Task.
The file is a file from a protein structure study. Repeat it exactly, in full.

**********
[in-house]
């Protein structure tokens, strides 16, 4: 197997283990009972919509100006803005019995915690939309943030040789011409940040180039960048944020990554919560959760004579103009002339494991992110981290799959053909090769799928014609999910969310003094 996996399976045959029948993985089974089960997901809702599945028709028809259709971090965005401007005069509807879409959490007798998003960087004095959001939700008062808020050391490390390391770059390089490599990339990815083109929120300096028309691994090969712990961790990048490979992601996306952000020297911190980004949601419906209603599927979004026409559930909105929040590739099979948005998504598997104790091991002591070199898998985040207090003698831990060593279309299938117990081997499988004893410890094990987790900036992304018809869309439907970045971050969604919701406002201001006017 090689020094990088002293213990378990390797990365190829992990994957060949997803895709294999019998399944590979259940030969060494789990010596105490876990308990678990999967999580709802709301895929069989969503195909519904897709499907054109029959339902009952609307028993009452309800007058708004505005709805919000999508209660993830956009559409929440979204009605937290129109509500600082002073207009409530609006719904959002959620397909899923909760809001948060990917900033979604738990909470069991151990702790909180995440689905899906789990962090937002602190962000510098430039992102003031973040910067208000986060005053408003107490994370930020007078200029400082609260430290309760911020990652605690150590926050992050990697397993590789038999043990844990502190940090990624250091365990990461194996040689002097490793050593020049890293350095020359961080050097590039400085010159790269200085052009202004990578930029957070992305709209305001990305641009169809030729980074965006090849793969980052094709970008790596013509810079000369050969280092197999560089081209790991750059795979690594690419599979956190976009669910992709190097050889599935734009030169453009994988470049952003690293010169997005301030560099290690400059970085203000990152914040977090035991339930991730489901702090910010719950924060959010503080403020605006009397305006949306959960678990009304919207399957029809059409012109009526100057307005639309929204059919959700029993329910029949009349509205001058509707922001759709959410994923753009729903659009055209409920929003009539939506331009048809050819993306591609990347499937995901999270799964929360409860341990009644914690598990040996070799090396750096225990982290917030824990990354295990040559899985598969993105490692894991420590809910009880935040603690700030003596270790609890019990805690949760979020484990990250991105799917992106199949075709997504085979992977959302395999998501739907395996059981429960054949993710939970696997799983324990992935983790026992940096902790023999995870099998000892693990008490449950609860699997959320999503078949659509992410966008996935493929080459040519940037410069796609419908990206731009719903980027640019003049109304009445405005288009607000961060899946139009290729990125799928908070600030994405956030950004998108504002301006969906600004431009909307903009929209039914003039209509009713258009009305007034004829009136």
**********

[in-house]
């Protein structure tokens, strides 16, 4: 197997283990009972919509100006803005019995915690939309943030040789011409940040180039960048944020990554919560959760004579103009002339494991992110981290799959053909090769799928014609999910969310003094 996996399976045959029948993985089974089960997901809702599945028709028809259709971090965005401007005069509807879409959490007798998003960087004095959001939700008062808020050391490390390391770059390089490599990339990815083109929120300096028309691994090969712990961790990048490979992601996306952000020297911190980004949601419906209603599927979004026409559930909105929040590739099979948005998504598997104790091991002591070199898998985040207090003698831990060593279309299938117990081997499988004893410890094990987790900036992304018809869309439907970045971050969604919701406002201001006017 090689020094990088002293213990378990390797990365190829992990994957060949997803895709294999019998399944590979259940030969060494789990010596105490876990308990678990999967999580709802709301895929069989969503195909519904897709499907054109029959339902009952609307028993009452309800007058708004505005709805919000999508209660993830956009559409929440979204009605937290129109509500600082002073207009409530609006719904959002959620397909899923909760809001948060990917900033979604738990909470069991151990702790909180995440689905899906789990962090937002602190962000510098430039992102003031973040910067208000986060005053408003107490994370930020007078200029400082609260430290309760911020990652605690150590926050992050990697397993590789038999043990844990502190940090990624250091365990990461194996040689002097490793050593020049890293350095020359961080050097590039400085010159790269200085052009202004990578930029957070992305709209305001990305641009169809030729980074965006090849793969980052094709970008790596013509810079000369050969280092197999560089081209790991750059795979690594690419599979956190976009669910992709190097050889599935734009030169453009994988470049952003690293010169997005301030560099290690400059970085203000990152914040977090035991339930991730489901702090910010719950924060959010503080403020605006009397305006949306959960678990009304919207399957029809059409012109009526100057307005639309929204059919959700029993329910029949009349509205001058509707922001759709959410994923753009729903659009055209409920929003009539939506331009048809050819993306591609990347499937995901999270799964929360409860341990009644914690598990040996070799090396750096225990982290917030824990990354295990040559899985598969993105490692894991420590809910009880935040603690700030003596270790609890019990805690949760979020484990990250991105799917992106199949075709997504085979992977959302395999998501739907395996059981429960054949993710939970696997799983324990992935983790026992940096902790023999995870099998000892693990008490449950609860699997959320999503078949659509992410966008996935493929080459040519940037410069796609419908990206731009719903980027640019003049109304009445405005288009607000961060899946139009290729990125799928908070600030994405956030950004998108504002301006969906600004431009909307903009929209039914003039209509009713258009009305007034004829009136």